FCA data published highlighting the regulator taking action to tackle harm in the consumer investments market

by | Mar 3, 2022

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The Financial Conduct Authority (FCA) has reported that it is taking assertive action to tackle harm in the consumer investments market, with data published today showing it has stopped 1 in 4 firms from entering this market. The FCA is also urging consumers to be InvestSmart and ScamSmart, following an increase in the number of scams being reported to it.

Between April and September last year, the FCA received 16,400 enquires about possible scams, up nearly a third from the same period in 2020. The top types of scams being reported to the FCA included cryptoasset, boiler room and recovery room scams.

The FCA has also revealed that over six months, it opened over 300 cases relating to possible cryptoasset businesses not registered with the FCA, many of which may be scams, and that it has 50 live investigations, including criminal probes, into unauthorised businesses.

The FCA’s ScamSmart campaign encourages those considering investing to check its dedicated website. The site features an online tool, and the Warning List, which allows users to find out more about the risks associated with an investment and view a list of firms the FCA knows are operating without its authorisation. The FCA’s InvestSmart campaign launched in October 2021, targeting consumers who are new to investing, and aims to provide them with information to make better-informed investment decisions.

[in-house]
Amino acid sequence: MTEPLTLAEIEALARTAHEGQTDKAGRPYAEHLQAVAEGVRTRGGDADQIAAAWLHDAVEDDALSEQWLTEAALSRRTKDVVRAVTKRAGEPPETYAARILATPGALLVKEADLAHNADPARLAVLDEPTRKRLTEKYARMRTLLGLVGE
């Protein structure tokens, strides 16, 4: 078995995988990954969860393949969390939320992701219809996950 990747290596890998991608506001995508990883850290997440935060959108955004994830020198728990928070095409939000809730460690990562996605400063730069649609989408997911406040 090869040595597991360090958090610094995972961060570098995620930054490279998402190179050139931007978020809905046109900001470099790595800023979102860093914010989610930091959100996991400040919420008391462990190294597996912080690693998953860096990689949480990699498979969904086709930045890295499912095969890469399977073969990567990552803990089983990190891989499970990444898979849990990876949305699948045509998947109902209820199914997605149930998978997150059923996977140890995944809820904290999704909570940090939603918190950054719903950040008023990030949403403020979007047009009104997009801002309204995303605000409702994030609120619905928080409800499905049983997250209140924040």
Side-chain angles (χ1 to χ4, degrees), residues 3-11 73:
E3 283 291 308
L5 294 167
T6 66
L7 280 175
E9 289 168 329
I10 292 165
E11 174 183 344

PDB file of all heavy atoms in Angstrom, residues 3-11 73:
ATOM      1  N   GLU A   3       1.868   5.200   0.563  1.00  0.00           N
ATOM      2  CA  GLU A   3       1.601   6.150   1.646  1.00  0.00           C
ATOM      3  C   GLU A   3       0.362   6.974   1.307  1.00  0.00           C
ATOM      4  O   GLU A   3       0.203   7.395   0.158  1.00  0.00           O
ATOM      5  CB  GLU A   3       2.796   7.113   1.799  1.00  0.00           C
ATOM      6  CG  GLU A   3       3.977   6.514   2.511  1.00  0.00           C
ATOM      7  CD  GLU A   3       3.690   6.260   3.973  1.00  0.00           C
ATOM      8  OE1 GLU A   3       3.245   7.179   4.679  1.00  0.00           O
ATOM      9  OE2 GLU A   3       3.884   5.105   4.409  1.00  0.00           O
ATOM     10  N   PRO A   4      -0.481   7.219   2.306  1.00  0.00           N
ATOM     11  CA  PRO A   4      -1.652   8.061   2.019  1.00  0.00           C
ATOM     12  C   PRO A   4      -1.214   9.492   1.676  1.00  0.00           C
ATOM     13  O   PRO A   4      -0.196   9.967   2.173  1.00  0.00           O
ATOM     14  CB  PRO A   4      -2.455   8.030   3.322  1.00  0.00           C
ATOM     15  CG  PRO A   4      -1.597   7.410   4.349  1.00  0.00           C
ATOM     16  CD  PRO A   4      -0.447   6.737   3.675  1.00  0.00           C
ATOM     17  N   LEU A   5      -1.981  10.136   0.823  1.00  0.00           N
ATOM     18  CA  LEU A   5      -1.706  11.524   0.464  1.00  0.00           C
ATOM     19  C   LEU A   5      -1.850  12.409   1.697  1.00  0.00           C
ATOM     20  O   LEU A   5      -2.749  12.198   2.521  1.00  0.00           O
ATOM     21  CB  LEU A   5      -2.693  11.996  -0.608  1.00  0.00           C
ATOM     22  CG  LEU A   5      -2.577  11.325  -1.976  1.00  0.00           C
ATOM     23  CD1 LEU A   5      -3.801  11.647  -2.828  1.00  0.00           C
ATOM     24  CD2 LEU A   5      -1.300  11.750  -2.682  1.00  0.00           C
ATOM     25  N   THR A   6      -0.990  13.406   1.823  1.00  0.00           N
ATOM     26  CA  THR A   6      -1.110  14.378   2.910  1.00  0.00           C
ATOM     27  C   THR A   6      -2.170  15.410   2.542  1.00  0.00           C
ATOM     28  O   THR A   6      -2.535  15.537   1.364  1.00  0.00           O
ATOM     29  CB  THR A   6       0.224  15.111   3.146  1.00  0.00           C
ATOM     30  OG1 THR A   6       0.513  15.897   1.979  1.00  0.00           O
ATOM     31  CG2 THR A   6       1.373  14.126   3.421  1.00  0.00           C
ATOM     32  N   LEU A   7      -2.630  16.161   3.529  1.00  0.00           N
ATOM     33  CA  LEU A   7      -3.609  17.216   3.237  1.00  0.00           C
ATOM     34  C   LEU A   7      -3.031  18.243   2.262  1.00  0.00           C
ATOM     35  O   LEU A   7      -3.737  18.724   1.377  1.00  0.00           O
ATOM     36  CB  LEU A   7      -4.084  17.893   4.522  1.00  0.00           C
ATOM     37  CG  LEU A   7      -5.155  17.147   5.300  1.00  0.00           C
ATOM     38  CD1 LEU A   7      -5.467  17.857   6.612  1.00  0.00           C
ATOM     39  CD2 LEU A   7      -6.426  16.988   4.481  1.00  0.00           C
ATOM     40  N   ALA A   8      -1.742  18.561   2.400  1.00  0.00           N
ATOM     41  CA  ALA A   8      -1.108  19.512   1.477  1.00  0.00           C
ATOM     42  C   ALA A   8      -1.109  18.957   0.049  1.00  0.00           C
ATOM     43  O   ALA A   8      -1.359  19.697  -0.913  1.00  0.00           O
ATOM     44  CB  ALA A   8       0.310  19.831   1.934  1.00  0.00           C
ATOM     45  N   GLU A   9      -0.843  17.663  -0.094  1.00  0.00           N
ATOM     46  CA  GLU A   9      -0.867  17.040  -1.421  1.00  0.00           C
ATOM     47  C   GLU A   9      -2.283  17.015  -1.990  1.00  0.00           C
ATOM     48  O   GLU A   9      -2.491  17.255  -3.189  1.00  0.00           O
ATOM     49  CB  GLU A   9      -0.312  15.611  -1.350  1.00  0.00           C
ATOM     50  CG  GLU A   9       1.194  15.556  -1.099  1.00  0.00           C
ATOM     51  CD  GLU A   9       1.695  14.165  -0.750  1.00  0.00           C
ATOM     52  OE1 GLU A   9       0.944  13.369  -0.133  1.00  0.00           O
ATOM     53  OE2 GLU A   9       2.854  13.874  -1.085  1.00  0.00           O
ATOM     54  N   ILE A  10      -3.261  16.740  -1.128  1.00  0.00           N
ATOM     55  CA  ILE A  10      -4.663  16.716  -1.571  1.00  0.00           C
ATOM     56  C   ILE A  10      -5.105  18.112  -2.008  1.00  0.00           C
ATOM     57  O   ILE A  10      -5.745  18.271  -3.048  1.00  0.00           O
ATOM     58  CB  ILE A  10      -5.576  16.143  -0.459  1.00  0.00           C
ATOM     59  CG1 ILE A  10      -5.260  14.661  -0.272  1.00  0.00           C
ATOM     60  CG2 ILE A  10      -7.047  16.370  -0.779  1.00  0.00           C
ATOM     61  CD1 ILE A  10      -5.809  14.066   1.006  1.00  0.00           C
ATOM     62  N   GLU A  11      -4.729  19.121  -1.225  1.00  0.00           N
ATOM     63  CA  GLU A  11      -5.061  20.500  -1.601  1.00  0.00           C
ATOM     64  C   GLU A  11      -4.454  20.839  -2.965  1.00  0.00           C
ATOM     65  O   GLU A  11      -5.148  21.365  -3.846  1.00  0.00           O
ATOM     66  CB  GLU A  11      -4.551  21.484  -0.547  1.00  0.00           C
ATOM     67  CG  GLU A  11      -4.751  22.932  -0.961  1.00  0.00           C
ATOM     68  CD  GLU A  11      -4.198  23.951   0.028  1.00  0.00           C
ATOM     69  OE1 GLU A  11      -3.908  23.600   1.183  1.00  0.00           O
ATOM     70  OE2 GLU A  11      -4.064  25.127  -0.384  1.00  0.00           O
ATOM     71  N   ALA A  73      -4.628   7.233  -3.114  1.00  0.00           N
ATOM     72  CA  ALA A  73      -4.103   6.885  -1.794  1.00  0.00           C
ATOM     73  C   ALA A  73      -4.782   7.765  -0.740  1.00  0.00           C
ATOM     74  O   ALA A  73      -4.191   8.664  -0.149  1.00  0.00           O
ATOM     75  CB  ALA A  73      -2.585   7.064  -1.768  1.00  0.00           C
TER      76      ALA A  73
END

The FCA is drawing on all the tools at its disposal, including more assertive supervision and enforcement action, and being tougher with firms who want to operate here.

The latest data shows a quarter of applications from firms wanting to join the consumer investment market are being stopped by the FCA. The proportion is up from 1 in 5 in the last financial year. 9 of these firms were prevented from gaining authorisation where it was suspected that individuals responsible for unsuitable advice tried to avoid the consequences of their actions by moving to or setting up new firms, or where individuals set up and sought authorisation for a new firm before their existing firm started to receive complaints about poor past advice.

Addressing the risk of harm at the authorisation stage prevents firms that do not meet the FCA’s minimum standards from entering the regulatory perimeter. It also helps prevent problems further down the line which may require supervision or enforcement action.



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